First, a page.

There are some pieces obviously designed and made by Studio Swine, then we have the pieces by the students, and we also have found objects. The ebonite bowling ball was something we really wanted because it’s a traditional use of the ebonite material, so that was sourced and bought. Then we have a metal nut from Fordlandia that was given to Studio Swine by the last worker of Fordlandia who still operates there. They also bought back some rubber seeds and various natural rubber forms as well.
For the historic images I went to research at the Ford Museum in Detroit, where I went through a lot of the historical material including images, maps of the site and project reports from people who used to run the site. They very kindly gave us permission to reproduce these for the show.
Can you tell us a bit about the film?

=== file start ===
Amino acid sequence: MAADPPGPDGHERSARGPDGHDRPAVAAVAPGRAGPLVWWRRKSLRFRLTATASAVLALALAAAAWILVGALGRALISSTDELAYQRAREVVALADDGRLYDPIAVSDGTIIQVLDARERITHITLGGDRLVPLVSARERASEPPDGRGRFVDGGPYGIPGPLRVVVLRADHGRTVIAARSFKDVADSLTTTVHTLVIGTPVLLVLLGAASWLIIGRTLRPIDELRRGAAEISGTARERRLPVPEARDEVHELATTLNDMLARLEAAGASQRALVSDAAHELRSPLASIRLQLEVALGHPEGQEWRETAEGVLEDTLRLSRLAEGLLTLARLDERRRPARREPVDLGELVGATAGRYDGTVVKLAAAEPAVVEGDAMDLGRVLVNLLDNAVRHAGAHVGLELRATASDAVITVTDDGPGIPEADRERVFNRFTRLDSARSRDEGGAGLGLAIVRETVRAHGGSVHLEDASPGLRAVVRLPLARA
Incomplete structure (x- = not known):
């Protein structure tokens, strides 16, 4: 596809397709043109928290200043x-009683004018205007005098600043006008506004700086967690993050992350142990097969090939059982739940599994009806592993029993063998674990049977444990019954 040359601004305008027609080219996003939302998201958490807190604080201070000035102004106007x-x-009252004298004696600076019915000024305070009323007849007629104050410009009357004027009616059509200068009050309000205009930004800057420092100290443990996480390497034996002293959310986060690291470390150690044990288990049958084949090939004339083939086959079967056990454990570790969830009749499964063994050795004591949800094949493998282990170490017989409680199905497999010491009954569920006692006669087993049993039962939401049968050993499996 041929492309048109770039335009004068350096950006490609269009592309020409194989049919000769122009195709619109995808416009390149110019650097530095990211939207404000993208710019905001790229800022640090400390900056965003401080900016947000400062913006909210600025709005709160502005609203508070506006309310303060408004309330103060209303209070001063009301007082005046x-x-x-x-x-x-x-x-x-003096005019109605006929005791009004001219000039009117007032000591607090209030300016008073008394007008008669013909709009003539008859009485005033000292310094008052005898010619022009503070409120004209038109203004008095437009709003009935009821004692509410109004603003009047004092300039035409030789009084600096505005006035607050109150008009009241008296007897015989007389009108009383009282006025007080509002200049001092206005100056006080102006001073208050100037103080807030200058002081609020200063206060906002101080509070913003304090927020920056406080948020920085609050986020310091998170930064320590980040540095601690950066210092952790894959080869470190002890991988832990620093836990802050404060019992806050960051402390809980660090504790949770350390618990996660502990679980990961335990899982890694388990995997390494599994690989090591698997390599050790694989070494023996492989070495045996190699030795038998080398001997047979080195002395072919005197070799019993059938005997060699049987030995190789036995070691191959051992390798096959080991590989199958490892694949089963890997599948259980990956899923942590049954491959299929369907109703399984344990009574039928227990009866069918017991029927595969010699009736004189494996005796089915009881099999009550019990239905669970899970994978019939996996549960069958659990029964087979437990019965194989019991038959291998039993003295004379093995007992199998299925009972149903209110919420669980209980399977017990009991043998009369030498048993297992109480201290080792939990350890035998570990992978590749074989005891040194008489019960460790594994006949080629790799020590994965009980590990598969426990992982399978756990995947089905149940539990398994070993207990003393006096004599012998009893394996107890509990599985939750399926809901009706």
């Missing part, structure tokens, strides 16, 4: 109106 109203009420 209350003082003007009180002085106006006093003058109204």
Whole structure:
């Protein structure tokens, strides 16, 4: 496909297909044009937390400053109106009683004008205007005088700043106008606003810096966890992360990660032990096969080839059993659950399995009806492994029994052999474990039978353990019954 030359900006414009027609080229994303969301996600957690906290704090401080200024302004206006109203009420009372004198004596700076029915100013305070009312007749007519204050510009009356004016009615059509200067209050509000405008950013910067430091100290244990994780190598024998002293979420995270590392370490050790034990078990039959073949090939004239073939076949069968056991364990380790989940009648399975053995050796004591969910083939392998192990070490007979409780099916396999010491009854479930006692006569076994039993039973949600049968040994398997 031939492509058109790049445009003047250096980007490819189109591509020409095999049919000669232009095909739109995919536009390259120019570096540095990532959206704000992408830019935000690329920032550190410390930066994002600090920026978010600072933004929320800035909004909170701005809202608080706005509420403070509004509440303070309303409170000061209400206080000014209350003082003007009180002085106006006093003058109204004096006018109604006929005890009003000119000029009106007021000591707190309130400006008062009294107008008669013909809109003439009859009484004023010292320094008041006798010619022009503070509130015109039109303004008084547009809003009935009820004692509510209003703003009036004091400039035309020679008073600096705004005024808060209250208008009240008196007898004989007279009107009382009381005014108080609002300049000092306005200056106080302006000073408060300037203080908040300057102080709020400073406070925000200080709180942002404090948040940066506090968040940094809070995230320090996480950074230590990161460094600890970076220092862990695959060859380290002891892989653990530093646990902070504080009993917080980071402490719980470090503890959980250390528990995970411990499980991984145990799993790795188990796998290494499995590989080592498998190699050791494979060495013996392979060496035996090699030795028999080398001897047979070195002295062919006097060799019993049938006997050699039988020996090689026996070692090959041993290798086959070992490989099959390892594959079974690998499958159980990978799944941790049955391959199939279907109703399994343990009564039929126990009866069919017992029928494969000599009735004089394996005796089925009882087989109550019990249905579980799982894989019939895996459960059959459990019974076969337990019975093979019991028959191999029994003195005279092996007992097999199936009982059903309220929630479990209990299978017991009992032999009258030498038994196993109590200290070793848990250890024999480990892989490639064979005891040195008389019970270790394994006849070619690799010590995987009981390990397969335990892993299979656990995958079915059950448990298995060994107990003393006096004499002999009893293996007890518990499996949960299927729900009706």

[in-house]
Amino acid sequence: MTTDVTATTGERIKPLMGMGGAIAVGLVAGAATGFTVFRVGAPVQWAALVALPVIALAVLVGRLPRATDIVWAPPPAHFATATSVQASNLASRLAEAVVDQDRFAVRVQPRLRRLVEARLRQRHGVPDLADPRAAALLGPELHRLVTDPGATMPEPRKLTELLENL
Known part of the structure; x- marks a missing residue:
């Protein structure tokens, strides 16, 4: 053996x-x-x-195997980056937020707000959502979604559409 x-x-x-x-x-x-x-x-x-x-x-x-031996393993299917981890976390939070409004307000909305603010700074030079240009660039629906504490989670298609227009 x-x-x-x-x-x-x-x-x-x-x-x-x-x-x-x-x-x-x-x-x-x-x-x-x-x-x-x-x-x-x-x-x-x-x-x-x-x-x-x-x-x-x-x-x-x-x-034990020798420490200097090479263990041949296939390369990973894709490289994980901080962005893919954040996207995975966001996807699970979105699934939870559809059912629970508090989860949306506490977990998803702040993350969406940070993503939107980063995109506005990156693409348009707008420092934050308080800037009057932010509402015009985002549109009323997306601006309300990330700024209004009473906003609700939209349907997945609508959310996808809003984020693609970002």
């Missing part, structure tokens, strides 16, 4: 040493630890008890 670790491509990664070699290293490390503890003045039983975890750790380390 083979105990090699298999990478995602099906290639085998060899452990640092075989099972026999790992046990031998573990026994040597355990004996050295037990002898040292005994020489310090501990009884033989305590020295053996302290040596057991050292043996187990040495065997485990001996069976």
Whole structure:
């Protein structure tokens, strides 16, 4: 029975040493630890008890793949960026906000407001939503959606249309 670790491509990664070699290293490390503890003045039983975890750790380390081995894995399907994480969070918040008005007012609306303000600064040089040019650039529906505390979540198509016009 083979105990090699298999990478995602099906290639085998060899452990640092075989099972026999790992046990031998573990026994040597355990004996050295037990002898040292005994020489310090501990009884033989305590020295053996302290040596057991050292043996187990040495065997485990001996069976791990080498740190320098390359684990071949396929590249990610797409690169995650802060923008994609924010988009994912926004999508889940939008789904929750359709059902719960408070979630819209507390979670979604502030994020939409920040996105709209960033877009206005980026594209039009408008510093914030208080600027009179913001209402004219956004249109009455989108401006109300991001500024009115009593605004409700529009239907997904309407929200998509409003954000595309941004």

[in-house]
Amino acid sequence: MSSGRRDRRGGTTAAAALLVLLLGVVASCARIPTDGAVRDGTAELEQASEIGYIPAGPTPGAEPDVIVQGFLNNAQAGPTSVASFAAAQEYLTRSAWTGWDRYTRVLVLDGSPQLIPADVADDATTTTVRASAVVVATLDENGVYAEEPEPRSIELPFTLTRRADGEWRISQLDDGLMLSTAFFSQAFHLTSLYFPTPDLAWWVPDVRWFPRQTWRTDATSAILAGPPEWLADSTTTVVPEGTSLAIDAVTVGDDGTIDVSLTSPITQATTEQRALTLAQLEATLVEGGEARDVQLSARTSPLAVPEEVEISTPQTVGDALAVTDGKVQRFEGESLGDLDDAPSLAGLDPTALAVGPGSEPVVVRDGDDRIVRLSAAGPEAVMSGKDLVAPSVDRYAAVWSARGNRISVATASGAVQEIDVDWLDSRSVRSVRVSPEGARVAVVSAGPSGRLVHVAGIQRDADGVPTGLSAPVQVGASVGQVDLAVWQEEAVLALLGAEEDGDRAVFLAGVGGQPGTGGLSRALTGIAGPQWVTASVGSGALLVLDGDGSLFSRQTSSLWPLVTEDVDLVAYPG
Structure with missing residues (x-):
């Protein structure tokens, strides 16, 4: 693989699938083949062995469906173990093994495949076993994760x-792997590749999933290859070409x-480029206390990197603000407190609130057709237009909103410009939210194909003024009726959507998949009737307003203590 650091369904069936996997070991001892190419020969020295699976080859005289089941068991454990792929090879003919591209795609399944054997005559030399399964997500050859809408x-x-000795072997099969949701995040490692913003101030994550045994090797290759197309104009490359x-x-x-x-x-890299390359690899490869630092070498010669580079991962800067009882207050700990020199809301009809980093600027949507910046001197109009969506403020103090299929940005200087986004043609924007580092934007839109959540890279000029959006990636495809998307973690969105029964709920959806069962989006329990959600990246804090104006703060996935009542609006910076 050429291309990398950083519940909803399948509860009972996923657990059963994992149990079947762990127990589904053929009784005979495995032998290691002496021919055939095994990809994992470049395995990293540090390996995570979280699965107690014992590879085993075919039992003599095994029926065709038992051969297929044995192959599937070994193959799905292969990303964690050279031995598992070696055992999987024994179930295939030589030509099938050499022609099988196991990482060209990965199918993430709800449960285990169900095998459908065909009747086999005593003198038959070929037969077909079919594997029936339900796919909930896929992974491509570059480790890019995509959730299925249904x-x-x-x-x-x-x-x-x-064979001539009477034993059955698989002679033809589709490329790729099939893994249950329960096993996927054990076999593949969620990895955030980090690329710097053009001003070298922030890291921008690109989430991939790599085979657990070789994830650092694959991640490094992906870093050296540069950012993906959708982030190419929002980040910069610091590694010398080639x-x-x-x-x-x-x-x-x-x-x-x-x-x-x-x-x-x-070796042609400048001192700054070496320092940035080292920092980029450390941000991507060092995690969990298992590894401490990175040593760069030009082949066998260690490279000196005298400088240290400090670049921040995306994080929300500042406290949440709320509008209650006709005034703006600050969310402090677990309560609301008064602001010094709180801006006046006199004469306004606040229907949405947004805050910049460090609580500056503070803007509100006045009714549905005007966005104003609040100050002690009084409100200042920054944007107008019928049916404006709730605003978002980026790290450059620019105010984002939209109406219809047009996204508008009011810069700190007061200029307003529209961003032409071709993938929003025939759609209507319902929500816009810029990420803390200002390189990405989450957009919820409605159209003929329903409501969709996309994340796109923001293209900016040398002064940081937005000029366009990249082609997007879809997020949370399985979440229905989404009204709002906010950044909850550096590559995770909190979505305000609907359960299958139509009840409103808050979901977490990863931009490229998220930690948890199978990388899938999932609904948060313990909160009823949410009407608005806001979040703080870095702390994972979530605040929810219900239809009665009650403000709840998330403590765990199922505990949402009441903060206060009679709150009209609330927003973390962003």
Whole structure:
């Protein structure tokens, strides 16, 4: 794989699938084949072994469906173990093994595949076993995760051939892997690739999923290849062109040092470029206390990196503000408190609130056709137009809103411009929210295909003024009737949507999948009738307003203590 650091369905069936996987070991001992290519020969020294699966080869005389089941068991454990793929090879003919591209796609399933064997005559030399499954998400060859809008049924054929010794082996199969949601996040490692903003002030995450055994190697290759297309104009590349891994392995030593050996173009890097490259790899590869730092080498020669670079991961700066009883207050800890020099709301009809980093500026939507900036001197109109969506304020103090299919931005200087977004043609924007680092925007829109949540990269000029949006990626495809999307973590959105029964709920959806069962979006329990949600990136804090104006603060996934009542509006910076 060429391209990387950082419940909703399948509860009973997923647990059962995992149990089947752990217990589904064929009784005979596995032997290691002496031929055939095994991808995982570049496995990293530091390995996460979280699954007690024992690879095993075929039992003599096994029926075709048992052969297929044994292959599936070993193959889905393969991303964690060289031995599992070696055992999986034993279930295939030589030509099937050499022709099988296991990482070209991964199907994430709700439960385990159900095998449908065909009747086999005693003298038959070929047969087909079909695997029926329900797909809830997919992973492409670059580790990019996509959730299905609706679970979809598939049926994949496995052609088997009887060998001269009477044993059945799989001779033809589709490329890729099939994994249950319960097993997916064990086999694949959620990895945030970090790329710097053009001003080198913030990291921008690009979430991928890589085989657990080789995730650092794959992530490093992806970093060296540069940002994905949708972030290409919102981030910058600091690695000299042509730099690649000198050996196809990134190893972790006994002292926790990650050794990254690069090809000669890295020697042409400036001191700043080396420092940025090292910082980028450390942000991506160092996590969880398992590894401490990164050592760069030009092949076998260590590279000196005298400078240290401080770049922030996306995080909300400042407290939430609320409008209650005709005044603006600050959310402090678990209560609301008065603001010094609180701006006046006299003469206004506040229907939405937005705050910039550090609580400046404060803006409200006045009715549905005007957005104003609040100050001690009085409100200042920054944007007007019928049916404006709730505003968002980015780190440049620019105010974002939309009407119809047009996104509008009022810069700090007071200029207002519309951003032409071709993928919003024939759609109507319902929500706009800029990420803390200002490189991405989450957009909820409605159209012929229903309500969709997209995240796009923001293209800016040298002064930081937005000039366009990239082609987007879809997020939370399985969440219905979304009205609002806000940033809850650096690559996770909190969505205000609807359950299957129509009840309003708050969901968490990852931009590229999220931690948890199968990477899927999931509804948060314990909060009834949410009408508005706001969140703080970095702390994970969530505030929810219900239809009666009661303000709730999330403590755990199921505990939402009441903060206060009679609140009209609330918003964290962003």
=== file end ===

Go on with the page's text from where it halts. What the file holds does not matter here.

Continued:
We always felt it was really important for Studio Swine to be able to go to Fordlandia and see it in person to make the project as well rounded and comprehensive as it could be. They successfully applied for the British Counci’s Winston Churchill Fellowship, which allowed them to go to the Amazon and film with Juriaan Booij – a film maker and Ridley Scott associate director, who Studio Swine have worked with since they graduated from the RCA. Each of their projects is accompanied by a wordless process film documenting their project. They want their films to be understood internationally so the strength of the visual narrative is important, and it also makes the film really visually absorbing.
Some of exhibitions I have seen at FSG before have had clear roots in fashion, whereas this one doesn’t have so much of a direct link, but there’s still a lot inspiration for designers to glean from it. What do you think fashion can take away from Fordlandia?
I have always wanted the gallery to be interdisciplinary. I feel that students see a lot of fashion, they don’t really need to see any more. The reality of most fashion designers is that the inspiration is everywhere, it’s not just in each other’s work. Of course it’s important to see the work of your peers, and the gallery does seek to show some of that, but I do think that sometimes it doesn’t have to be just fashion.